Albrecht Dürer + Virginie Mossé
Slow Art Month
March 3 – April 28, 2018
In our main space, we are presenting three pieces by Albrecht Dürer : “The Fall” (c. 1511), “The Ascension” (c 1511) and “Erasmus” (c. 1526). Books about Dürer are on display as well as magnifying glasses so that visitors can view the woodcuts and engraving in more detail ( an idea that we “borrowed” from The Hammer’s Museum’s Dürer exhibit in 2006).
On the opposite wall, we are presenting the photographic work “Hotel Europa” by contemporary French artist Virginie Mossé. At first glance, her piece is a beautiful still life of an ornate basket, overflowing with fruit and delicacies in the style of the Dutch nature morte artists. On closer inspection, viewers discover that the food is in a state of very advanced decay.
So, on one wall we have Dürer, whose success was largely based on the invention of the printing press, and Mossé, whose work addresses the impact of technology on our environment and ultimately on our “modern” quality of life.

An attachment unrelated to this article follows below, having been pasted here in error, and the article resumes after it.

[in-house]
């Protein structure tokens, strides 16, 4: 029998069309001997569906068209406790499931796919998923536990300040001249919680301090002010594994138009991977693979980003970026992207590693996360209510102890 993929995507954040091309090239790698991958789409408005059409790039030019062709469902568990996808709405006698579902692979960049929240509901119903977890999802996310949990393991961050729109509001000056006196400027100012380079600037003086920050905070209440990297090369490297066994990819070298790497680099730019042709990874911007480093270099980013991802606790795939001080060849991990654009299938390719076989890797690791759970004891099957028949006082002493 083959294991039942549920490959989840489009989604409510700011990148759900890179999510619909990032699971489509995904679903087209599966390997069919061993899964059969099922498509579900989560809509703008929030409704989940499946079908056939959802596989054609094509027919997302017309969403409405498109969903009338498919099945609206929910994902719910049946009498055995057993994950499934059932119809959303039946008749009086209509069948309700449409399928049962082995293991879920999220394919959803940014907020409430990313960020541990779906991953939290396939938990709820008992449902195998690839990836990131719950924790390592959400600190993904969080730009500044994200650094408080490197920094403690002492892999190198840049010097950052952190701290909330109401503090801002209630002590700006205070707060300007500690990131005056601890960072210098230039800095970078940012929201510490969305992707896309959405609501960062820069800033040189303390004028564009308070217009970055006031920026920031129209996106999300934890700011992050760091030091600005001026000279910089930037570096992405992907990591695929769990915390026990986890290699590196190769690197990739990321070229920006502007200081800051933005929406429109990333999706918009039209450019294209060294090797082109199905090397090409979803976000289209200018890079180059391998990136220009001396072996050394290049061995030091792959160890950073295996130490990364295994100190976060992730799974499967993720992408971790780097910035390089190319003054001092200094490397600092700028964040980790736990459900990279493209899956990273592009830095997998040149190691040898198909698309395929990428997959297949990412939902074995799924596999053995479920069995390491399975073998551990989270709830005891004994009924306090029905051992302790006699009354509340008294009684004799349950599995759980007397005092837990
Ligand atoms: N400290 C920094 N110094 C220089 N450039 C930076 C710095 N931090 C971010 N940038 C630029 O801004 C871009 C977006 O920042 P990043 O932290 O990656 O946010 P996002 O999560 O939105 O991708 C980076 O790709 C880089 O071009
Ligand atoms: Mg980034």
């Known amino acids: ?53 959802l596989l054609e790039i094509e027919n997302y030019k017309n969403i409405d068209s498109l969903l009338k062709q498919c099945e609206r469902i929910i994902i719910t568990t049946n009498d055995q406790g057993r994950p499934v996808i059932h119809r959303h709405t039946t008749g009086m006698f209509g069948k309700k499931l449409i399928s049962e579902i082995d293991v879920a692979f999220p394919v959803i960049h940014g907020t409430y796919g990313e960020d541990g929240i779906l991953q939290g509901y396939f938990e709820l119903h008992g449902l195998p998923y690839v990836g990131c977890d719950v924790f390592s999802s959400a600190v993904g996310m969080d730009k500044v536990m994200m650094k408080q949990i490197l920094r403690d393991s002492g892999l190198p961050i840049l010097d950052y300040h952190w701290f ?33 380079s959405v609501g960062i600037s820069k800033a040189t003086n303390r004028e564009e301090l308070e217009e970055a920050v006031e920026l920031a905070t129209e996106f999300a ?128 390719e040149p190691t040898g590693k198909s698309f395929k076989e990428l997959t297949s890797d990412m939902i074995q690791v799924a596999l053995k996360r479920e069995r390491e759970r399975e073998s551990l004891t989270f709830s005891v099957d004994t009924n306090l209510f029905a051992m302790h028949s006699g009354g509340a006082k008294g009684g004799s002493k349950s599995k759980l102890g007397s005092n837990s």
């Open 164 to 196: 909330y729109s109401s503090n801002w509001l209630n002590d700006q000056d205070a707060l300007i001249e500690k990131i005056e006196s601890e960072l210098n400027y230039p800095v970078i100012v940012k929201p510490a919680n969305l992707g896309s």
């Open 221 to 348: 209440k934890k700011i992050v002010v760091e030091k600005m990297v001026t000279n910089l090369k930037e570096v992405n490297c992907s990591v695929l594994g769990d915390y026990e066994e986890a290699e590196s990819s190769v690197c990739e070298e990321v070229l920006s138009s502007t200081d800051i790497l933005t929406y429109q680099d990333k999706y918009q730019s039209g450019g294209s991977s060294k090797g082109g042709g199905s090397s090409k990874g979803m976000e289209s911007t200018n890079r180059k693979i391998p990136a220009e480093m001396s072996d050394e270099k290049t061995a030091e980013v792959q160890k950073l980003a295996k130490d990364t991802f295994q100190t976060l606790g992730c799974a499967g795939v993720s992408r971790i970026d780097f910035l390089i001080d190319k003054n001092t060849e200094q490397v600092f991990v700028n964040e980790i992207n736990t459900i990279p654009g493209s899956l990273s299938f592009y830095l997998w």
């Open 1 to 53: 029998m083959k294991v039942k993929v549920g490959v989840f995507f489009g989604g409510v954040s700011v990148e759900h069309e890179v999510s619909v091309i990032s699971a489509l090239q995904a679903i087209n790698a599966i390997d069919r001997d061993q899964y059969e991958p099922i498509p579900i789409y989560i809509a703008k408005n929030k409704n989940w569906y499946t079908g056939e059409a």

In the spirit of Slow Art, we highly recommend the black and white high definition film “Visitors” by Geoffrey Reggio. Mr. Reggio is best known for his “Qatsi” trilogy: “Koyaanisqatsi: Life Out of Balance” (1982), “Powaqqatsi: Life in Transformation” (1988) and “Naqoyqatsi: Life as War” (2002) .
While the “Quatsi” trilogy evoked the destruction of nature through humanity’s headlong embrace of ( and race into ) technology, in “Visitors”, time slows to a near-standstill as the film peers into humanity’s troubled soul, glimpsed through individual faces – human, cyborg, and ape. “Visitors” presents “moving stills” that linger on the screen for 70 seconds (most current films average cuts of four to six seconds long). As Mr. Reggio described, ”To see a film like this will ask one to slow down. It makes a lot of people nervous because we live philosophically – and practically – on a time clock. However, if you can let that go, you can live in a timeless moment”.
Our “Slow Art” day will end in readings from “Slow Art” by Arden Reed who was a frequent visitor to Mayeur Projects and a good friend of many artists and arts educators in the Santa Fe area.